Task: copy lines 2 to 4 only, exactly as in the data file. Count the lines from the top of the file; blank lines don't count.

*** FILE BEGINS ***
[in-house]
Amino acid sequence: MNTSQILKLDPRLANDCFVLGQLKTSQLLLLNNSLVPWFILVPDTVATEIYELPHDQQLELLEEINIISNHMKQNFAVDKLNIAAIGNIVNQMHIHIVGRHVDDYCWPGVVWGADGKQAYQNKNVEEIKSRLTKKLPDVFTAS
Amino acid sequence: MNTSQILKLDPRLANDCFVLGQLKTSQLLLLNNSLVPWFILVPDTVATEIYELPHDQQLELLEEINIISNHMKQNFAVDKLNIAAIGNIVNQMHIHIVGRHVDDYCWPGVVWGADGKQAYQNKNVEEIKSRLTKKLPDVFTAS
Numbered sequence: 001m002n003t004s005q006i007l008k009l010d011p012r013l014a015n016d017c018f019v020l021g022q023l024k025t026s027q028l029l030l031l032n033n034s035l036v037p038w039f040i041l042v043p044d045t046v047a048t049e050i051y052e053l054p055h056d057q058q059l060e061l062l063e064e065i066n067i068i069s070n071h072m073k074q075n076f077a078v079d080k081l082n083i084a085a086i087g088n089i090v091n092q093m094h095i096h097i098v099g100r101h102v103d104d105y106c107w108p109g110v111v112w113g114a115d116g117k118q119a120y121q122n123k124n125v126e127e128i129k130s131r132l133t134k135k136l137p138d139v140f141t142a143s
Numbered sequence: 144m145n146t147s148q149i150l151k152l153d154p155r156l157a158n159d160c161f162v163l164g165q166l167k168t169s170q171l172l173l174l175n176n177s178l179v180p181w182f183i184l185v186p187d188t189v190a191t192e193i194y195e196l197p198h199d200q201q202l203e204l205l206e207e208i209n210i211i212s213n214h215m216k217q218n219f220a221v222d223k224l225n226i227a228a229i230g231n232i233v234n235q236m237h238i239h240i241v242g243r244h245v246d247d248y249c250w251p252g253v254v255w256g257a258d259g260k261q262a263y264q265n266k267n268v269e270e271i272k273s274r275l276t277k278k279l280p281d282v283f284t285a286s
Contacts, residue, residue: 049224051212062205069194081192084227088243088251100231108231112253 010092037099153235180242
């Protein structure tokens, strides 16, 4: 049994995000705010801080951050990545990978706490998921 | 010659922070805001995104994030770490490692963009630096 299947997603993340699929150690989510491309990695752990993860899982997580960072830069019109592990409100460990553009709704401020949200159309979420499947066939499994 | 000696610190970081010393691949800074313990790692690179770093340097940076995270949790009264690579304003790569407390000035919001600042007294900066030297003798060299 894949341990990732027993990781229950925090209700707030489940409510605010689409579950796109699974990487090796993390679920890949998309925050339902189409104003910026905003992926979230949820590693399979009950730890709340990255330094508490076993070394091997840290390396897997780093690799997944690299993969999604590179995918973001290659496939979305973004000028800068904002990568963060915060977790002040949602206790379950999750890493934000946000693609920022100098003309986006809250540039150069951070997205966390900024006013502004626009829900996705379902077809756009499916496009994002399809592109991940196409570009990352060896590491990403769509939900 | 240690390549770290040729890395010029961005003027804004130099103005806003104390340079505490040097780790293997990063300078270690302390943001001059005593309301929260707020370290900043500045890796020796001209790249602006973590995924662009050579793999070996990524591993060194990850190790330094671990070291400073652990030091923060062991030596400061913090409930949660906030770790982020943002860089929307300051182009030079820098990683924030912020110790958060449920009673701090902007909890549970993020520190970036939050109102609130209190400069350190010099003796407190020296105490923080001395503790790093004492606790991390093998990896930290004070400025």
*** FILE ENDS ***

Amino acid sequence: MNTSQILKLDPRLANDCFVLGQLKTSQLLLLNNSLVPWFILVPDTVATEIYELPHDQQLELLEEINIISNHMKQNFAVDKLNIAAIGNIVNQMHIHIVGRHVDDYCWPGVVWGADGKQAYQNKNVEEIKSRLTKKLPDVFTAS
Amino acid sequence: MNTSQILKLDPRLANDCFVLGQLKTSQLLLLNNSLVPWFILVPDTVATEIYELPHDQQLELLEEINIISNHMKQNFAVDKLNIAAIGNIVNQMHIHIVGRHVDDYCWPGVVWGADGKQAYQNKNVEEIKSRLTKKLPDVFTAS
Numbered sequence: 001m002n003t004s005q006i007l008k009l010d011p012r013l014a015n016d017c018f019v020l021g022q023l024k025t026s027q028l029l030l031l032n033n034s035l036v037p038w039f040i041l042v043p044d045t046v047a048t049e050i051y052e053l054p055h056d057q058q059l060e061l062l063e064e065i066n067i068i069s070n071h072m073k074q075n076f077a078v079d080k081l082n083i084a085a086i087g088n089i090v091n092q093m094h095i096h097i098v099g100r101h102v103d104d105y106c107w108p109g110v111v112w113g114a115d116g117k118q119a120y121q122n123k124n125v126e127e128i129k130s131r132l133t134k135k136l137p138d139v140f141t142a143s